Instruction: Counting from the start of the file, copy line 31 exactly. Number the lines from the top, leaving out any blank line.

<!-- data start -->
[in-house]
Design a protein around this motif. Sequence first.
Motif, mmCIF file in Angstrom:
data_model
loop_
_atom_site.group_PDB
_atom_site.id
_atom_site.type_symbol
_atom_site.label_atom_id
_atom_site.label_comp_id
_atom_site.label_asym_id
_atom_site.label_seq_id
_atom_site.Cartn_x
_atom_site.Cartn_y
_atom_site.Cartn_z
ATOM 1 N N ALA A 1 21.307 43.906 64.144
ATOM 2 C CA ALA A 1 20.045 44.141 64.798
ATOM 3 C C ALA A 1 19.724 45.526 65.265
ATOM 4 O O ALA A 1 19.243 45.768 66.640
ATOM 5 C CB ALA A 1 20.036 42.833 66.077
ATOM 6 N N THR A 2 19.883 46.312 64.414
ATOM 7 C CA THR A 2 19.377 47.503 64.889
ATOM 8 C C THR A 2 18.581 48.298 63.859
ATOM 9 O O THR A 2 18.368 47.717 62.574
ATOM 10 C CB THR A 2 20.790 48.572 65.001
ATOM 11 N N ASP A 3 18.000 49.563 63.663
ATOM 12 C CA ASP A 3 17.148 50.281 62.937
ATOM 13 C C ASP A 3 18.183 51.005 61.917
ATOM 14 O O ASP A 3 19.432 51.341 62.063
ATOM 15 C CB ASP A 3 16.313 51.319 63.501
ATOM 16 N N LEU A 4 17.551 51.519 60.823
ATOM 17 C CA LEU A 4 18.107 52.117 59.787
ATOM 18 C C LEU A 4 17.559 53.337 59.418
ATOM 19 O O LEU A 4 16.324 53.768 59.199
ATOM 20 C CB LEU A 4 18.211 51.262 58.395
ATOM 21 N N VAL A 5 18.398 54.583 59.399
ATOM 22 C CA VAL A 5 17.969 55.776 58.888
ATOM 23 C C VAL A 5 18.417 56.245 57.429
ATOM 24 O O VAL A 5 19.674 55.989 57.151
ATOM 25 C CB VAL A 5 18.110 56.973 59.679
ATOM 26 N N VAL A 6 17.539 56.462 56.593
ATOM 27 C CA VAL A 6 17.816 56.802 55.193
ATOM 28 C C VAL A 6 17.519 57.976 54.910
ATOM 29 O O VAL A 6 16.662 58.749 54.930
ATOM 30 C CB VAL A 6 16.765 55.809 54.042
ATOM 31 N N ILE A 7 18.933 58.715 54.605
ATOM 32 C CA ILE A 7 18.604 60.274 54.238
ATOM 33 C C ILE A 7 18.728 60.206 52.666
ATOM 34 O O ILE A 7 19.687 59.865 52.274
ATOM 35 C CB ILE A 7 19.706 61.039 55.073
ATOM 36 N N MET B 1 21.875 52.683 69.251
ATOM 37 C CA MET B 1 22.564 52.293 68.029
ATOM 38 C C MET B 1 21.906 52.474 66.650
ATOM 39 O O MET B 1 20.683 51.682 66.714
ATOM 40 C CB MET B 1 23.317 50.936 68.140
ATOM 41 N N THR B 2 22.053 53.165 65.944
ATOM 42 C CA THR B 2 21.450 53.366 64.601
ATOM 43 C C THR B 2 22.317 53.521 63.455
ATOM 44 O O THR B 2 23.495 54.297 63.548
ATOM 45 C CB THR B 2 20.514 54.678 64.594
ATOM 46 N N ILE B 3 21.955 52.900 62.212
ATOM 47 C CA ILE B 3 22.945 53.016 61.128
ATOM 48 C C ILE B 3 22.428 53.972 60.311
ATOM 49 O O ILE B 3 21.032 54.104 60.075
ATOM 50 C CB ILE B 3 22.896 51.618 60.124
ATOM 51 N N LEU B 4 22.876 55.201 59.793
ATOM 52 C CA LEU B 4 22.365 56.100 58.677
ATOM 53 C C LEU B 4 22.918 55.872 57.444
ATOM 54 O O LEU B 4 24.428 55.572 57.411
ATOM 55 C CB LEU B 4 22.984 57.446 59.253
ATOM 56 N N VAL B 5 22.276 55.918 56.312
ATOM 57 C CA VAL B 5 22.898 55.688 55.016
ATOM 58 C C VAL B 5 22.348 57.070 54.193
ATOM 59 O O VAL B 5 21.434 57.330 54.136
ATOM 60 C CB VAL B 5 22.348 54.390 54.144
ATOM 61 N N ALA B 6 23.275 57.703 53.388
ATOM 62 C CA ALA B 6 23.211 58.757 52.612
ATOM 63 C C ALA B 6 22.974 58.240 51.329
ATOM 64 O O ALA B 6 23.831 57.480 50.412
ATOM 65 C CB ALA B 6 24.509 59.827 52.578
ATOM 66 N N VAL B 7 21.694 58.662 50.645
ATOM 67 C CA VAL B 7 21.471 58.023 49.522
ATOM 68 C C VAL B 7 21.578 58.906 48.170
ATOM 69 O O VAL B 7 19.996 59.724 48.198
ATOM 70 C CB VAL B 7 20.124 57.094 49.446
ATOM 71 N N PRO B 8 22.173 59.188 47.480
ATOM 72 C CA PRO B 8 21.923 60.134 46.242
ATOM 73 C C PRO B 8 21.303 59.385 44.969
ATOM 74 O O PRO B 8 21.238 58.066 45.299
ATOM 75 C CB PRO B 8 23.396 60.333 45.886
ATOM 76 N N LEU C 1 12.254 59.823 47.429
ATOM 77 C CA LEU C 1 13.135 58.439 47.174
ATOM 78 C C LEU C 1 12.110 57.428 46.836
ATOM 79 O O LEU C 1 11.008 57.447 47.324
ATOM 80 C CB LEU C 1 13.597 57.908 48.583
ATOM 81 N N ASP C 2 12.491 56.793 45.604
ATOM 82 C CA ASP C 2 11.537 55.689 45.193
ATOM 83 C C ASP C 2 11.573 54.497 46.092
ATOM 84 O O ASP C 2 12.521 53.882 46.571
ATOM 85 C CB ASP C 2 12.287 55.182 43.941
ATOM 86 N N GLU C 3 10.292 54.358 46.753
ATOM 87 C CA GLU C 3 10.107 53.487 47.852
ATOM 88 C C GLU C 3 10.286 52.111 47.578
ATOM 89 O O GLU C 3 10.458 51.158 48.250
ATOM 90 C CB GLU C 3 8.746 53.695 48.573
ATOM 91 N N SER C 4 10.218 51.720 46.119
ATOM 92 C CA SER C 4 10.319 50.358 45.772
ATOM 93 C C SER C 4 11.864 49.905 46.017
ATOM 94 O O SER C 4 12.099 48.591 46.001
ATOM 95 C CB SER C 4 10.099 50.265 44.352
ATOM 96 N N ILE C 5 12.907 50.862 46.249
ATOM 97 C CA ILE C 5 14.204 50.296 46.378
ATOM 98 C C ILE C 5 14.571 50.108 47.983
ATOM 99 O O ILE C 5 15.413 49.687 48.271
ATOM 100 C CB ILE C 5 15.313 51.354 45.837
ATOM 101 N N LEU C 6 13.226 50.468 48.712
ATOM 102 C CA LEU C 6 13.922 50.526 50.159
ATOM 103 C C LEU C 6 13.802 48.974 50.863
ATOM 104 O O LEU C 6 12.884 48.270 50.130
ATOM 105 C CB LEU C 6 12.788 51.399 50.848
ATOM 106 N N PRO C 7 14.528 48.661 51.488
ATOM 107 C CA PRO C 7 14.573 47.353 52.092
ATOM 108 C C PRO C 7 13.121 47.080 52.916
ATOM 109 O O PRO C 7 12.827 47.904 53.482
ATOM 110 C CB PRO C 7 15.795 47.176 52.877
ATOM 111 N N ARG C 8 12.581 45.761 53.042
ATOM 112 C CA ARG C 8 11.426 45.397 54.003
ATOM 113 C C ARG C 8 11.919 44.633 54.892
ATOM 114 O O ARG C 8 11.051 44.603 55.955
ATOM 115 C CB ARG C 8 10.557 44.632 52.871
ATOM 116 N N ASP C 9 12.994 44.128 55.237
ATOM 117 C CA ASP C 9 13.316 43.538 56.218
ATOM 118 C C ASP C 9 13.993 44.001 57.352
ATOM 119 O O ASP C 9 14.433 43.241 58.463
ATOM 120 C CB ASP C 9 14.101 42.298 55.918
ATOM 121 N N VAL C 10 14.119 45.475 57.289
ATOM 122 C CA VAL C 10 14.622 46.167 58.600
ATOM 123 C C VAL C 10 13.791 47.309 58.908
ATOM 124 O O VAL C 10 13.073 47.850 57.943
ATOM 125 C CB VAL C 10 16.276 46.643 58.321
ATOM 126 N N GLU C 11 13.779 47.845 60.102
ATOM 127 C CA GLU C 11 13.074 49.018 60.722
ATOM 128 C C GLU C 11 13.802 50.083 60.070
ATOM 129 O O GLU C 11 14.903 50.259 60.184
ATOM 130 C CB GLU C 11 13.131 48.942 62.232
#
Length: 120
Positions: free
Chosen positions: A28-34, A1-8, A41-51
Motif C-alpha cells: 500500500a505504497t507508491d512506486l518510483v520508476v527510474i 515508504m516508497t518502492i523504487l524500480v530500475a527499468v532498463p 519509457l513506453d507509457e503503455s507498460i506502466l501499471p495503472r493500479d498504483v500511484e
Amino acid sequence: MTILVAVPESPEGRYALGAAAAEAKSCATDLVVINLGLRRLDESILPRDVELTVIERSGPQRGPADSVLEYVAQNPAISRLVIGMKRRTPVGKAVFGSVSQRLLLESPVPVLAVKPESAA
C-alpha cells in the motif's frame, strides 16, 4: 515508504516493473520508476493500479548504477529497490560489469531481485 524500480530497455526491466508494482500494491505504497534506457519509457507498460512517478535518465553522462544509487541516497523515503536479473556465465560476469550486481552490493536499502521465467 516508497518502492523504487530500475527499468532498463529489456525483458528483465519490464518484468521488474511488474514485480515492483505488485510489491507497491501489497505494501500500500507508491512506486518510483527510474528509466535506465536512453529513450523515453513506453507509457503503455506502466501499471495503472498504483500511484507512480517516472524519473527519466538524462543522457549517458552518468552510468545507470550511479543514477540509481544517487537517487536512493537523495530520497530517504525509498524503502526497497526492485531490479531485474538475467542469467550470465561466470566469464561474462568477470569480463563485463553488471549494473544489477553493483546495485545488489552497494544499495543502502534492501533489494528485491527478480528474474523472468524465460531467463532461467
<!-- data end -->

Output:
ATOM 16 N N LEU A 4 17.551 51.519 60.823